Martha Stewart's best and most comforting Thanksgiving sides

Turn to the domestic doyenne for some top-tier recommendations for Turkey Day sides

By Michael La Corte

Deputy Food Editor

Published November 21, 2023 10:02AM (EST)

Martha Stewart (Photo illustration by Salon/Getty Images)
Martha Stewart (Photo illustration by Salon/Getty Images)

Many have relied on fellow New Jersey native Martha Stewart's advice and recommendations for years and years. Thanksgiving — and the holidays in general — are a prime time to bring Martha's input into your home, from food to decor and everything in between.

While some focus on the turkey itself (or perhaps get caught up on the libations, appetizers or the desserts) the sides are the place in which creativity and tradition can meld most seamlessly. 

So, as you finalize your Thanksgiving menu and plans, look to Martha for a way to help organize and pinpoint precisely the sides that might decorate your table. 

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Corn is often a staple of the Thanksgiving side repertoire, but the corn pudding is not as ubiquitous as some other sides. This recipe uses frozen corn flavored with scallions, Monterey Jack cheese, eggs, cream, butter — and of course — Hatch green chiles, which add color, texture and a hint of heat to the dish. Thanksgiving is often devoid of much spice, but this dish adds a certain kick. 
A fresh take on carrots, this charred variation topped with an amazing flavorful dukkah containing oats, pistachios, sesame seeds and a slew of spices and seasonings will really appeal to your taste buds. The recipe also calls for honey and an egg white. Everyone will be fond of this dish. 


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A classic! Smooth and rich with tons of marshmallows atop a buttery, nutmeg-scented sweet potato mash, this side is sure to be a smash hit. This version has no nuts, but feel free to toss some pecans (or even cinnamon) into the mix to gussy it up all the more.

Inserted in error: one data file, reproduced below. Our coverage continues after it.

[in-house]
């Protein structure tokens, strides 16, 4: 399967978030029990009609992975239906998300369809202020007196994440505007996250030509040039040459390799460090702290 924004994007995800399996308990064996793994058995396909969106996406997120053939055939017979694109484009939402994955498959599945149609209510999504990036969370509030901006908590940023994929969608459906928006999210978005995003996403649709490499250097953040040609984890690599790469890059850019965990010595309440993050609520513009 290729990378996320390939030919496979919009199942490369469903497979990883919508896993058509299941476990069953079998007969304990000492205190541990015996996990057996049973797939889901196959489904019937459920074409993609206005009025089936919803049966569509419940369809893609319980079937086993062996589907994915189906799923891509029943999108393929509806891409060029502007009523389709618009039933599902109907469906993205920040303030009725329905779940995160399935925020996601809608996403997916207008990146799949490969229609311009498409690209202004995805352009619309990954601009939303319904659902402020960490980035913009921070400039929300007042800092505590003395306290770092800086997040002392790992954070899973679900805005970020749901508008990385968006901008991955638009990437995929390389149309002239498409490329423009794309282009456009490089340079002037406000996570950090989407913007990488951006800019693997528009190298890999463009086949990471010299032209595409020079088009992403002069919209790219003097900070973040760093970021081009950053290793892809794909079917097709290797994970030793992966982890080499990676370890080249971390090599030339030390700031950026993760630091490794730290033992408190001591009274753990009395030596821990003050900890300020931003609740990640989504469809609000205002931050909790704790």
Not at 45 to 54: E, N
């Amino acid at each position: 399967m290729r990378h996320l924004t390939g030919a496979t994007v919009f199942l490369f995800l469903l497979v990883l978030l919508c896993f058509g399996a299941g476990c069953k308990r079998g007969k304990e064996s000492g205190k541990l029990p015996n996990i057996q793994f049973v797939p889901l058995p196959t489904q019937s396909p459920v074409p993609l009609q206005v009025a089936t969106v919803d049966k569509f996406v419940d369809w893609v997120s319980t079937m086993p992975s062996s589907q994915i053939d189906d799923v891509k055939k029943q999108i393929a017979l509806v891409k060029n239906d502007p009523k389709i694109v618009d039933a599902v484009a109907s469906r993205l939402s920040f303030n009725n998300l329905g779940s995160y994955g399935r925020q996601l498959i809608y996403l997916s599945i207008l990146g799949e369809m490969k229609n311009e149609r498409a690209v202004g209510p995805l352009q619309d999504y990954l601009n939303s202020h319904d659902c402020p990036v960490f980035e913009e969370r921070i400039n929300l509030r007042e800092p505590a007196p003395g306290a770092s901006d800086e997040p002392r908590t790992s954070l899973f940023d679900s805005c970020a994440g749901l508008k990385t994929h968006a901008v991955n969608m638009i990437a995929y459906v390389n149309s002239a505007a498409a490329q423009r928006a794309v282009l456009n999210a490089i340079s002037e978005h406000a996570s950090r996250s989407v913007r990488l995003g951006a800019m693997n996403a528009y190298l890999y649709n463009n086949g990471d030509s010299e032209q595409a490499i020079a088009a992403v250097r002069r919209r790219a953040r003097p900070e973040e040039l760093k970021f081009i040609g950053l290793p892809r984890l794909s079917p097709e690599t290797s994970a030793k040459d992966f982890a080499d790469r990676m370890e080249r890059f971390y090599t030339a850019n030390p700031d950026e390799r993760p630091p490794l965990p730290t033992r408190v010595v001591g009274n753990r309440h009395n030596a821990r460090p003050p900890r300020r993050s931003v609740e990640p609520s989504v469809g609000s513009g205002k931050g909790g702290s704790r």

Stuffing is a Thanksgiving non-negotiable, but adding festive, meaty chestnuts to the classic elevates it to new heights. The other suspects are all present, rom bread and butter to onions, celery and sage. Cook it in a sheet tray for lots of crispy, craggy bits. 
This version is akin to the many truly "homemade" green bean casseroles that opt or a from-scratch mushroom sauce and just-fried shallots. This may seem like it calls for lots of oil, but it's important to have enough to properly fry the shallots. Otherwise, the recipe calls for green beans, mushrooms, butter, broth and milk . . . that's all!
It's sure to be a favorite.

By Michael La Corte

Michael is a food writer, recipe editor and educator based in his beloved New Jersey. After graduating from the Institute of Culinary Education in New York City, he worked in restaurants, catering and supper clubs before pivoting to food journalism and recipe development. He also holds a BA in psychology and literature from Pace University.

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